In our time, we must decide our own belief.
Either freedom is the privilege of an elite few, or it is the
right and capacity of all humanity
George Bush, address to the Australian Parliament, 23 October 2003

There are fascist tendencies in all countries – a sort of latent
tyranny . . . Suppression of attack, which is based upon suppression
of really free thought, is the instinctive weapon of the vested
interest . . . great groups which feel their power are at once subject
to tremendous temptations to use that power so as to limit the
freedom of others
Robert Menzies, ‘Freedom of Speech and Expression’, from


24 October 2003

Speaker Andrew and Senate President Calvert wait at the side entrance of Parliament House to greet President Hu. A white car pulls up but instead of Hu, Chinese Foreign Minis- ter Li Zhaoxing alights to express ‘some concerns’. Andrew, Calvert and the Foreign Minister adjourn to Andrew’s office, where Li says Hu is worried about ‘two Green Sena- tors in the chamber and three guests – “dissidents” he called them – in the gallery, who were likely to interrupt the President’s speech’. Li names Chin Jin.

Andrew assures Li that the Greens’ senators will not get in, and that Chin Jin will not be in the public gallery. ‘The Speaker repeatedly gave them assurances, as best he could, that that was not going to happen. They seemed satisfied with  that.’

(Revealed by Calvert to Senate Estimates on 3 November 2003.)

When the Australian Tibetans arrive at Parliament House Chinese agents point them out to Australian security, who call Andrew. The security officers take them to the enclosed, soundproofed gallery. They cannot follow Hu’s speech because Andrew does not provide translation devices.

Chin Jin is in the office of his host, Greens MP Michael Organ, when Organ is told the fate of the two Tibetan guests. Two officials from the Department of Foreign Affairs escort Chin Jin to the security check area, then into the soundproofed area. Two Chinese officials closely watch the three guests while talking on mobile phones.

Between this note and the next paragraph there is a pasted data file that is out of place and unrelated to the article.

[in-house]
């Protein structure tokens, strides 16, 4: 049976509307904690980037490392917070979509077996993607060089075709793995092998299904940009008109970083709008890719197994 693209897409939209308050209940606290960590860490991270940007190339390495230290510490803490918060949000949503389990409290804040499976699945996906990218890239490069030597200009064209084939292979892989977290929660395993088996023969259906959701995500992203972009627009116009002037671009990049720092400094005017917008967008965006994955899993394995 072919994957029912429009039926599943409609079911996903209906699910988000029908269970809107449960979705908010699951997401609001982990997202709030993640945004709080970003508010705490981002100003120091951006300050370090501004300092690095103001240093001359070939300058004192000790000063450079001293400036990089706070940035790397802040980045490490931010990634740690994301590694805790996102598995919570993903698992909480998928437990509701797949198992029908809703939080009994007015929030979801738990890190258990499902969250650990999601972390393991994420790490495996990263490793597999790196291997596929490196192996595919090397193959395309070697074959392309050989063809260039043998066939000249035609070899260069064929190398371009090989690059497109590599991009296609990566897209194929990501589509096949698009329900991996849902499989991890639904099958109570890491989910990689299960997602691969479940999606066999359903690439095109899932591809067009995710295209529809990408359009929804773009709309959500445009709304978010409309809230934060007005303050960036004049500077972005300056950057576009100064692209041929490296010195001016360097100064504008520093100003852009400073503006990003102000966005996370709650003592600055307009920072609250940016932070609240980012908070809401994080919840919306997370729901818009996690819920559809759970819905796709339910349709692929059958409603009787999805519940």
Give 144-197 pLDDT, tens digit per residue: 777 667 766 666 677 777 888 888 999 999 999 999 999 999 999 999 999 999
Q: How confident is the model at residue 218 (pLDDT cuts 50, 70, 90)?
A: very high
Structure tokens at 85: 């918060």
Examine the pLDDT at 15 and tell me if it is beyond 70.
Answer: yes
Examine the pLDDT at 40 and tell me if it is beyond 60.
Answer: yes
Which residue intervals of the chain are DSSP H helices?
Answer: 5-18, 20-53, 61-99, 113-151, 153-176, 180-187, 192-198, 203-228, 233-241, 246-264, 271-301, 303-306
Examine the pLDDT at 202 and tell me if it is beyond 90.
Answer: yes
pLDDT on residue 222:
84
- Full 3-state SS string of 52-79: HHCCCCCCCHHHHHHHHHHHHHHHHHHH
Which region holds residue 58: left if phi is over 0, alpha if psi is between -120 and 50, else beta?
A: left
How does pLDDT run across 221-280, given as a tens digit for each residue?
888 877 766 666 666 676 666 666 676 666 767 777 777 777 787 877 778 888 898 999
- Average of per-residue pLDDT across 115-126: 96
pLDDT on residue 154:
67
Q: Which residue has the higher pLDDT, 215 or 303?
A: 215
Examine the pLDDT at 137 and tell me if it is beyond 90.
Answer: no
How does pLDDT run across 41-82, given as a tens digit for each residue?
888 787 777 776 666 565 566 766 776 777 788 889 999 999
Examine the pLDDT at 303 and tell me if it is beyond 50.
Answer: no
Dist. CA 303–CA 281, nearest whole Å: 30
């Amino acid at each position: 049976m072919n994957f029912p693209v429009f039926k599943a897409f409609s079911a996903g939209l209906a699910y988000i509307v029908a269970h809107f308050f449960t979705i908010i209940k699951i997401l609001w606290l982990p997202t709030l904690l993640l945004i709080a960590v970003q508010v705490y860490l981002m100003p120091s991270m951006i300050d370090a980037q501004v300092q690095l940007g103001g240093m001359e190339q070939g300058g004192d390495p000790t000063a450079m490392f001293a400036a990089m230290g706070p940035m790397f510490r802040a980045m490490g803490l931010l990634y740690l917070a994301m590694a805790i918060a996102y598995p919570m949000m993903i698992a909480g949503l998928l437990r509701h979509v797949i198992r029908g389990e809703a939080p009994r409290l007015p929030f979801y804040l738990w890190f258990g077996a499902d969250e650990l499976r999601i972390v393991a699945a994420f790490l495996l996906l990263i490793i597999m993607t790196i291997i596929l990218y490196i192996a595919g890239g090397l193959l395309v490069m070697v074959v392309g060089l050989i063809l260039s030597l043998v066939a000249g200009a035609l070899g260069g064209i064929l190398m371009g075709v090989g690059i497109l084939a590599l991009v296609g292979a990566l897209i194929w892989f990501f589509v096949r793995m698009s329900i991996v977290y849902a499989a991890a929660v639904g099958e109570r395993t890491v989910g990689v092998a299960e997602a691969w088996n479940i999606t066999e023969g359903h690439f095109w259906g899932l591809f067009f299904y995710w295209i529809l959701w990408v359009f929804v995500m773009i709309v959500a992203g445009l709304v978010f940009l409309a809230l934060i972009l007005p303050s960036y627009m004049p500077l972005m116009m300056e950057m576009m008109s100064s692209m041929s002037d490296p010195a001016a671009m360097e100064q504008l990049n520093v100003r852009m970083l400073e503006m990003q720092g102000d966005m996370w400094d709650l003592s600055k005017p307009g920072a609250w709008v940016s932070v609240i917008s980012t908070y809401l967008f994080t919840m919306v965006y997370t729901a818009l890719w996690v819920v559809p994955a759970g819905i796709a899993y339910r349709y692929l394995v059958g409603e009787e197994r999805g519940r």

Three Parliament House security officers block senators Brown and Nettle from entering the House of Representatives. Senator Brian Harradine boycotts Hu’s speech. John Howard makes no mention of human rights or democracy in his welcome to Hu, but stresses the trade relationship.

Several Liberals refuse to applaud Hu’s speech, including NSW Senator Bill Heffernan, who also pointedly fails to use his translation device during the speech.

After Hu’s speech, NSW Liberal Senator Marise Payne muses over coffee, ‘I have to say something about Tibet.’

At the joint Hu–Howard press conference, Howard states, ‘I can say very confidently that it is a strong relationship built on mutual respect for each other’s traditions.’

That evening Speaker Neil Andrew refuses to tell the Australian people what he’s done, declining to comment when the media calls. The next day the Sydney Morning Herald and the Australian break the story of the Chinese Foreign Minister’s intervention.

Read the full chapter below. Read the rest of this entry »

Can the cross bench deliver citizens accountability from newspapers?

In Margo Kingston, Media Reform on March 27, 2013 at 6:57 PM
Daily Telegraph Front Page 19 March 2013

Daily Telegraph Front Page 19 March 2013

By Margo Kingston,
March 27,  2013

What a predicament. All seven cross benchers and the Government are dissatisfied with the standards of newspapers and want citizens to be protected against their abuse of their power. Julian Disney, who heads the Press Council which administers self-regulation, believes there are ‘substantial problems with media standards in Australia’.

Yet nothing will be done.

Let’s quickly address the blame game. The area is highly dangerous for any government, which is why newspapers have escaped any regulation for so long (see the Finkelstein report on the tortured history of journalists‘ fight to get even limited self regulation).

The government has dithered due to splits in cabinet, leaks to Murdoch papers (presumably from Rudd supporters) and fears of retribution by newspapers clearly barracking for the opposition.

So Gillard and Conroy rammed through Cabinet a set of reforms they believed were weak enough to pass muster with the proprietors and sought to blackmail the cross bench into saying yes or getting nothing.

The plan blew up in their faces. Murdoch media led an overblown and vicious campaign against the reforms. The cross bench was unhappy with the detail and the minimalist nature of the blueprint and refused to meet the deadline. Gillard and Conroy said it’s over, let’s move on.